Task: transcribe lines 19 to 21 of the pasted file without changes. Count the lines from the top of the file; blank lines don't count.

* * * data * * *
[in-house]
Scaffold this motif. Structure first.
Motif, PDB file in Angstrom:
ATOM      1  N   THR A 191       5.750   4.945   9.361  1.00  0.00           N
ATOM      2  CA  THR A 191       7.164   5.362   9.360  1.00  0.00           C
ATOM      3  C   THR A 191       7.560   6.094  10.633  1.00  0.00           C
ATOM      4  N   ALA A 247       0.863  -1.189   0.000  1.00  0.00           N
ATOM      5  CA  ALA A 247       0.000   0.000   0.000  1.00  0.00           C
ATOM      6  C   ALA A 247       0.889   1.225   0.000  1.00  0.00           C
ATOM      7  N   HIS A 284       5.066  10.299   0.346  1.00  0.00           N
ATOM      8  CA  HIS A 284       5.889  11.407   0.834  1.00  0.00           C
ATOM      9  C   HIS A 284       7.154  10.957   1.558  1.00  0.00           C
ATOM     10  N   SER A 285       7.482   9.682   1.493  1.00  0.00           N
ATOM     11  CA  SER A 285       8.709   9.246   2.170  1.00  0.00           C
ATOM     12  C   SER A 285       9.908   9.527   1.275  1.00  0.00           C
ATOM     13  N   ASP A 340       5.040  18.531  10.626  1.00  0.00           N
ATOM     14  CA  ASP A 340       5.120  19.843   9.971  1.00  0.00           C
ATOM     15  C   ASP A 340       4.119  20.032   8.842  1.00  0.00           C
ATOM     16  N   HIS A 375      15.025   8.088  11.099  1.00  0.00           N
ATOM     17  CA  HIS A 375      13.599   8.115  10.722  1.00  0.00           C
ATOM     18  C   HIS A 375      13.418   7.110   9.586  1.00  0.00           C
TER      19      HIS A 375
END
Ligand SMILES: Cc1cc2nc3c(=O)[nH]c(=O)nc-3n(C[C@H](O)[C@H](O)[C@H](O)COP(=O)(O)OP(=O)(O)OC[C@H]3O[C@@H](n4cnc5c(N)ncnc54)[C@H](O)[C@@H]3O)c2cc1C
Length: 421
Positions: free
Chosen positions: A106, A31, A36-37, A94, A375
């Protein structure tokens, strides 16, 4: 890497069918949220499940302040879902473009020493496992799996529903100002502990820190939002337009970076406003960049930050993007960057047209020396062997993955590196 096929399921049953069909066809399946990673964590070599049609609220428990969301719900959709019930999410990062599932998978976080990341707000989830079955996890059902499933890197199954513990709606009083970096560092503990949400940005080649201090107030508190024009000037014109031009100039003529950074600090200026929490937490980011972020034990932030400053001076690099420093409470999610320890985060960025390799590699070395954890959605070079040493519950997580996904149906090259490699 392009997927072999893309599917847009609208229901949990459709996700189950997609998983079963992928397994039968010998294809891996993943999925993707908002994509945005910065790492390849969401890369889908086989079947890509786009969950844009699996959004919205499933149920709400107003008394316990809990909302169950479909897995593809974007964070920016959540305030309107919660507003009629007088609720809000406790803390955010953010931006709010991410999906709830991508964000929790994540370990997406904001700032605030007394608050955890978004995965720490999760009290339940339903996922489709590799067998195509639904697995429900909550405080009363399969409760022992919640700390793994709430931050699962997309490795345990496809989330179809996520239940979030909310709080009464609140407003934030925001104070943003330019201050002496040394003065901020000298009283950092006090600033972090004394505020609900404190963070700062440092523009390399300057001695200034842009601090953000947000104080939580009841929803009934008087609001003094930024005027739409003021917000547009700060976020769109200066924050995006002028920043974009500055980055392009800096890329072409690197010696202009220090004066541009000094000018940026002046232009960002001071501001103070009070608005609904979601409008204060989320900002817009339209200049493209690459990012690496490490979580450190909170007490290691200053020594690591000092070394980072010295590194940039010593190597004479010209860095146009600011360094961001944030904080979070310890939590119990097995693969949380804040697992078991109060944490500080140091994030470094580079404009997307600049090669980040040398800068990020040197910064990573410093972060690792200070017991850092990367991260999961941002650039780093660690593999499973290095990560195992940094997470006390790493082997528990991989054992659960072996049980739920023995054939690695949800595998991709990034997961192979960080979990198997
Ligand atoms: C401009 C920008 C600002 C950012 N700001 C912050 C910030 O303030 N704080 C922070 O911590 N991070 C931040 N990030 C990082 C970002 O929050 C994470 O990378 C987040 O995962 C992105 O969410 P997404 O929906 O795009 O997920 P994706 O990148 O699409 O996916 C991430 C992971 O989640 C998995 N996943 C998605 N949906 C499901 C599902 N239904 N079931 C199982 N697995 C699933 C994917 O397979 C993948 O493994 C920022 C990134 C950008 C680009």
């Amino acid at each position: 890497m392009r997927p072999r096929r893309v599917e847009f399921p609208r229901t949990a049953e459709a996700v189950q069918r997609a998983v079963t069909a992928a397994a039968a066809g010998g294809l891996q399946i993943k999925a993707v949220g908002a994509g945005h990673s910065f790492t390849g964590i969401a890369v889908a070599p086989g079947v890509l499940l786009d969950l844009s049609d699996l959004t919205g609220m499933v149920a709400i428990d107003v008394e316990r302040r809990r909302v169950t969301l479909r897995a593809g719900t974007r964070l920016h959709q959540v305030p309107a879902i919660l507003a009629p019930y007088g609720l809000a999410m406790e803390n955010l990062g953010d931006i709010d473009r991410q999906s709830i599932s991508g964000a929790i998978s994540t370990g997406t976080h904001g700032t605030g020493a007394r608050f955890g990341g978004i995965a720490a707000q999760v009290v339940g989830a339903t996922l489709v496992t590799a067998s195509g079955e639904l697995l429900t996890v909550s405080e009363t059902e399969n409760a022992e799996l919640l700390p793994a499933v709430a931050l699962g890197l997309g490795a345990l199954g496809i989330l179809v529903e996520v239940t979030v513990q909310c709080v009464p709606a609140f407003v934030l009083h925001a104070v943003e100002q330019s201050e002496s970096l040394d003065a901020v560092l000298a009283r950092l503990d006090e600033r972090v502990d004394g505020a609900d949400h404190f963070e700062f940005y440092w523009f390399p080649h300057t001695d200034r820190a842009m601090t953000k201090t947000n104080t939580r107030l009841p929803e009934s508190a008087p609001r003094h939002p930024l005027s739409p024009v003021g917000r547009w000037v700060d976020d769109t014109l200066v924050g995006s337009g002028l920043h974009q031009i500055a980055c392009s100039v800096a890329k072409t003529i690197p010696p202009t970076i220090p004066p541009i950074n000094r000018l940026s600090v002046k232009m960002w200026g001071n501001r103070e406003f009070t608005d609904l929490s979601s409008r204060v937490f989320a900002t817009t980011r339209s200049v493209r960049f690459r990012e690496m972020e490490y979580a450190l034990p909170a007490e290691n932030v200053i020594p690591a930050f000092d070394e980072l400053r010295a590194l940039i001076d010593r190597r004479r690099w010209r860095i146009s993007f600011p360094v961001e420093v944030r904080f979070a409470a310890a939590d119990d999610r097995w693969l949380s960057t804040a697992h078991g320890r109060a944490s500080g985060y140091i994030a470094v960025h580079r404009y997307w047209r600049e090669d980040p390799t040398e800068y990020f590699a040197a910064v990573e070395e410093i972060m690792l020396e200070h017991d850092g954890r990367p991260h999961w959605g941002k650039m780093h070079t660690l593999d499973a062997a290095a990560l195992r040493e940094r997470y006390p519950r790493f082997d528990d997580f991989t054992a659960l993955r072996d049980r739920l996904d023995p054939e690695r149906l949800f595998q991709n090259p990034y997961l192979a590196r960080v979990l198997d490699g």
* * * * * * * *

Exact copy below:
ATOM     16  N   HIS A 375      15.025   8.088  11.099  1.00  0.00           N
ATOM     17  CA  HIS A 375      13.599   8.115  10.722  1.00  0.00           C
ATOM     18  C   HIS A 375      13.418   7.110   9.586  1.00  0.00           C